It seems that most people who visit San Juan arrive via cruise ship or book a giant luxury resort and take pre-arranged tours if they want to leave the grounds. There’s nothing wrong with that, but we just weren’t going to do either. I found myself scribbling more questions than answers. “Where is this neighborhood?” “Where does the train actually go?” “Why do tourists hate the bus?” This was not a particularly auspicious start.
I didn’t want to book a place to stay until I narrowed down an ideal neighborhood, but (in keeping with our theme) we were running out of time. I needed somewhere affordable, centrally located and convenient to public transportation. It also needed to have a flexible cancellation policy in case my Puerto Rico contacts came through and I ended up covering another part of the country. (Spoiler alert — they did!)
I booked my first ever Airbnb room (what haven’t I done this before?!) in a guest house partially because it looked pretty, partially because a review mentioned a bus stop and partially because, well, it was available. We needed to stay for a week and it’s the high season in Puerto Rico. It had good ratings and I decided good enough was, well, good enough. But I didn’t really believe that yet.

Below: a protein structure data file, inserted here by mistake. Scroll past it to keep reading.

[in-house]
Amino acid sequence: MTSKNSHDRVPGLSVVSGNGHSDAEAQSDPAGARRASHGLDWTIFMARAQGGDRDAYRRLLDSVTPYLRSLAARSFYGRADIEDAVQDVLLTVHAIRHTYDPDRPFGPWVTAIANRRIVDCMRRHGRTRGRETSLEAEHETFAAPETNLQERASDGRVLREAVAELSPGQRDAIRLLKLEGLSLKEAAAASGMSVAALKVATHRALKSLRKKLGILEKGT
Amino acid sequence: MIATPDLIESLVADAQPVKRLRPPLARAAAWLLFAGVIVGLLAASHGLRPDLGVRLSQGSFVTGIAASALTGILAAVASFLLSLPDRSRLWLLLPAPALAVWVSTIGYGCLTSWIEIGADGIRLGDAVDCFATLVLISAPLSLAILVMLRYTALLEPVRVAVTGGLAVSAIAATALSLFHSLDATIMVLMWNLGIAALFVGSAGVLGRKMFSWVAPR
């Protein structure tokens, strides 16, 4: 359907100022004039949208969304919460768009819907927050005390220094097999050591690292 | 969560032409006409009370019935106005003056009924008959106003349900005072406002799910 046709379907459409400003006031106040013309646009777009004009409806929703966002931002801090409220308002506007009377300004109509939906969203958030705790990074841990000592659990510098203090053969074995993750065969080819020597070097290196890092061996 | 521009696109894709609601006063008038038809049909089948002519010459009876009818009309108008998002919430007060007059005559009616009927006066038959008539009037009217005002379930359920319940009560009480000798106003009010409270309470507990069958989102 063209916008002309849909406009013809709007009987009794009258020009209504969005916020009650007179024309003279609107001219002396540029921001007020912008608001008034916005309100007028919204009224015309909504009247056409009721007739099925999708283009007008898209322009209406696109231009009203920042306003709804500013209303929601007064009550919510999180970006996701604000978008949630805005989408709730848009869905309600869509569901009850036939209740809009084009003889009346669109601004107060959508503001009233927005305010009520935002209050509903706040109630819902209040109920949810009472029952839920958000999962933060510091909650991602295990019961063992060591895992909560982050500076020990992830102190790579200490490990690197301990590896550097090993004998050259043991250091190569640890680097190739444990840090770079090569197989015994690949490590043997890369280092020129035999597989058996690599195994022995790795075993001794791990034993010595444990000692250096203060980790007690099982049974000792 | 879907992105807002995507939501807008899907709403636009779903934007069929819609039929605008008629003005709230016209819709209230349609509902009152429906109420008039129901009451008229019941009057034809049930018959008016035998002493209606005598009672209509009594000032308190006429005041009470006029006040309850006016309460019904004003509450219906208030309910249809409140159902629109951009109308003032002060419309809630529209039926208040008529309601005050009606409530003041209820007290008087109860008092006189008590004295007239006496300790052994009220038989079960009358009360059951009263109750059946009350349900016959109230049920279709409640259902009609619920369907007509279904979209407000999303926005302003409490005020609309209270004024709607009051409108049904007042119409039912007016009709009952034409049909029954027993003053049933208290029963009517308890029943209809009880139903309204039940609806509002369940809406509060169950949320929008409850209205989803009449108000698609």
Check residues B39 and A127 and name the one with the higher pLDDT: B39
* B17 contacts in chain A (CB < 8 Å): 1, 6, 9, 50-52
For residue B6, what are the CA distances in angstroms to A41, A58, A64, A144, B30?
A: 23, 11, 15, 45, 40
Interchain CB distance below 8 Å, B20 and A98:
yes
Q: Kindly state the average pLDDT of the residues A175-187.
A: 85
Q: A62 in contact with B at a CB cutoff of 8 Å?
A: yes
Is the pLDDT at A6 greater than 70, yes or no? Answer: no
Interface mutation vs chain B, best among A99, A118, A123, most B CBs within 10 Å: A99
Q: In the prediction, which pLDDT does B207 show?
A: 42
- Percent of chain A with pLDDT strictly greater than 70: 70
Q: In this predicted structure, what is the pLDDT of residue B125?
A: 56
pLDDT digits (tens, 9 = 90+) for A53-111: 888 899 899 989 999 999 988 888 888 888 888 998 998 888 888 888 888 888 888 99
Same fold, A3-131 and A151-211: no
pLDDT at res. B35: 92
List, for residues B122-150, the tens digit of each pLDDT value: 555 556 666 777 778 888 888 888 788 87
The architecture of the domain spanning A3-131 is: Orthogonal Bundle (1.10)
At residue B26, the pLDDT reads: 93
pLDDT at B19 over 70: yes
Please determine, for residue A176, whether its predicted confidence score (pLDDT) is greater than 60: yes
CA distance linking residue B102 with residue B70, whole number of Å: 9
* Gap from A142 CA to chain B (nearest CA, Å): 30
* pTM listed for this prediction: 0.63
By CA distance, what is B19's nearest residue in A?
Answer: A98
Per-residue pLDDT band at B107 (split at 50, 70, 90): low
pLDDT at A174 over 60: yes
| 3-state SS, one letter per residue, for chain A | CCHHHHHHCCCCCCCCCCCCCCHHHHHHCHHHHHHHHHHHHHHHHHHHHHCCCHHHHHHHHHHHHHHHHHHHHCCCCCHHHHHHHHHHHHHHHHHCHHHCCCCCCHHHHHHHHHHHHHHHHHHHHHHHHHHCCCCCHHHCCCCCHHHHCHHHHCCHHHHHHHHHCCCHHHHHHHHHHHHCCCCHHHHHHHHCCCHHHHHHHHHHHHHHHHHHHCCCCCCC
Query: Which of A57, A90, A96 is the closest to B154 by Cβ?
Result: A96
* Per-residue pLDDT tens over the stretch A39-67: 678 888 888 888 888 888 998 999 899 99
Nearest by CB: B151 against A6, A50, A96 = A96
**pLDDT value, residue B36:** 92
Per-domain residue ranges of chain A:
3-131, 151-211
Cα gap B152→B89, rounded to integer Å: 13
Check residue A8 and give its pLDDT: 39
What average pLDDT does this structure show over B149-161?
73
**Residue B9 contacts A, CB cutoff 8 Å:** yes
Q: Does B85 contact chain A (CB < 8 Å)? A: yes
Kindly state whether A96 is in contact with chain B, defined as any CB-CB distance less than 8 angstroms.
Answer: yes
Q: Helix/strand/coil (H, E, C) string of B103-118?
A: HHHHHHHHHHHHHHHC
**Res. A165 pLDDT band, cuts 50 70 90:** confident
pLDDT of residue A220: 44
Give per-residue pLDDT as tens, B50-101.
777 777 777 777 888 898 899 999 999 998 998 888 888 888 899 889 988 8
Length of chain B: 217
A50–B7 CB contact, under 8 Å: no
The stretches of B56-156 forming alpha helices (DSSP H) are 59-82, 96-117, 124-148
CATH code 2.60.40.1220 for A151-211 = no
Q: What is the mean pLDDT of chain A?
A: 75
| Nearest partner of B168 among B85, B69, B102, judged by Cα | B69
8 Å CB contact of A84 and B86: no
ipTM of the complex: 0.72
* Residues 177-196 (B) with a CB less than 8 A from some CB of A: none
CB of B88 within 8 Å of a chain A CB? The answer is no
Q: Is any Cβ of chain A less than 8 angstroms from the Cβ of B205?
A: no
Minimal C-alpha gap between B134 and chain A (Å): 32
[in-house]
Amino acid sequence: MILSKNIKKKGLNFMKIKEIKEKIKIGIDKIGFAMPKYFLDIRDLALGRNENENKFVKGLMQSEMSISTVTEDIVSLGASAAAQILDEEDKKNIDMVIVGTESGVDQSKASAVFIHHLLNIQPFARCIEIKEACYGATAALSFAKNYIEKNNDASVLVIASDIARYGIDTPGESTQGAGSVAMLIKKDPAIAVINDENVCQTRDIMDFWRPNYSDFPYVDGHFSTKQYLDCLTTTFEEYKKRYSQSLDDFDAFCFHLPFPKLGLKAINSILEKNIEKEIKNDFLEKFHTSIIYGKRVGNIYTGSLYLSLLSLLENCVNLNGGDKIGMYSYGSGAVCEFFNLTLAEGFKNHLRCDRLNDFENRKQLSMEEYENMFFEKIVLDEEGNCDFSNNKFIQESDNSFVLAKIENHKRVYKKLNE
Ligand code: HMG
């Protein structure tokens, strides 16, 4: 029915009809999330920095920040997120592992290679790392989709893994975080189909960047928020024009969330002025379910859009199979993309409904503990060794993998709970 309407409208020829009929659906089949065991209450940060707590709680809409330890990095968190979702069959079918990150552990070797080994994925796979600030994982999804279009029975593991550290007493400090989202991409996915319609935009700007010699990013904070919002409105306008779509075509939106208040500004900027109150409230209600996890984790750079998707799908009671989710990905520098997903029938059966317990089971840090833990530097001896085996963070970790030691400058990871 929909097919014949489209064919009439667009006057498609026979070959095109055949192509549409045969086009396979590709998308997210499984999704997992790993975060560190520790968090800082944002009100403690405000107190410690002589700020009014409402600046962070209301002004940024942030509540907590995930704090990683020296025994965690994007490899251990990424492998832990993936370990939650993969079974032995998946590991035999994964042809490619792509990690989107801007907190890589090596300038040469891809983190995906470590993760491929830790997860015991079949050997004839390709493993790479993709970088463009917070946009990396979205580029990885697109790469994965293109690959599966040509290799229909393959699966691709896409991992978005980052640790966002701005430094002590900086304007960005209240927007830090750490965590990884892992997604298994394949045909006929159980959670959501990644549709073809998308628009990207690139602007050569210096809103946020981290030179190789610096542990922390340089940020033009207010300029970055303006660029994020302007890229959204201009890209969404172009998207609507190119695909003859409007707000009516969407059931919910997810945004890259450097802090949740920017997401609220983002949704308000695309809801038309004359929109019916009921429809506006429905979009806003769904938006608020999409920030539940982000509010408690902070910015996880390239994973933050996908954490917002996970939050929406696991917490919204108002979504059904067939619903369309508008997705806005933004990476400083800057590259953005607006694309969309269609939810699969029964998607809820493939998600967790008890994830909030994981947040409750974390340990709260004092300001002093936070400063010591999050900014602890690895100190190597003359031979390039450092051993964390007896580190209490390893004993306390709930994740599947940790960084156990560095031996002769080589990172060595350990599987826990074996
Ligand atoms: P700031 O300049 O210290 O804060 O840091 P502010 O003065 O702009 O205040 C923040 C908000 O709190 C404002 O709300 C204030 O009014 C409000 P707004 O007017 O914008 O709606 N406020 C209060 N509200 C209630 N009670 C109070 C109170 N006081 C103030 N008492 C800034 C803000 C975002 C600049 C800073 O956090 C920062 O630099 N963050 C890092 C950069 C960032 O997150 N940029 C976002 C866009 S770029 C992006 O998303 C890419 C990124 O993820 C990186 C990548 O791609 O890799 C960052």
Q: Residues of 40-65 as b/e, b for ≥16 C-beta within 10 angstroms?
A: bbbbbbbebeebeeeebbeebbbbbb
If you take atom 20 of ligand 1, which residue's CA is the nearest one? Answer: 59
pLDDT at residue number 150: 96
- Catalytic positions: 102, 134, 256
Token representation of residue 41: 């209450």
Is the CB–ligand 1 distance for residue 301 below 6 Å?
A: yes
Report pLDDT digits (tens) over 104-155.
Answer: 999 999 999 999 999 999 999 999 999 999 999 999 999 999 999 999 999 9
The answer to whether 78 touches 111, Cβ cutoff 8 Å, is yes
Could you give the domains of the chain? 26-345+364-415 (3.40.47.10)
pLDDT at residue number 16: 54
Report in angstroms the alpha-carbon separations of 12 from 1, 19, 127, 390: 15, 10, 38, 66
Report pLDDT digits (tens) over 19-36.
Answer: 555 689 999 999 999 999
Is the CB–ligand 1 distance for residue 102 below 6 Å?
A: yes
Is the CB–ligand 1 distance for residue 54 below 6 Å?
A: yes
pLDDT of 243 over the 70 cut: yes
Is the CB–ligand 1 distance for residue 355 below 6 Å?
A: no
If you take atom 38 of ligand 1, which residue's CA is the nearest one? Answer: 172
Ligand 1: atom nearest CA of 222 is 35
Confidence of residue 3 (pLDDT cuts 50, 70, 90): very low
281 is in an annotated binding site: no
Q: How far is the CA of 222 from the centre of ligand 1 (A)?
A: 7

“Ugh,” I vented to Derrick as I sent the confirmation. “I hope this be okay. I just don’t understand this place yet. I don’t get how it works.”
My husband, who does not share my fear of missing out, just shrugged. “We can go to the beach, right?”
“Sure,” I told him, “There are couple nice ones within the city limits. And there’s a gorgeous historical district that I want to check out, some cool art galleries and some fun looking bars. It’s a brilliant place to score rum and coffee, so that’s about perfect.”
“Is there food?”
“Yeah, of course,” I said, giving him a weird look. “It’s a normal city.” We love cities. We are pretty enthusiastic urban explorers.
“And our room has a door and a bed and everything?”
“Yes. Obviously. Why wouldn’t it?”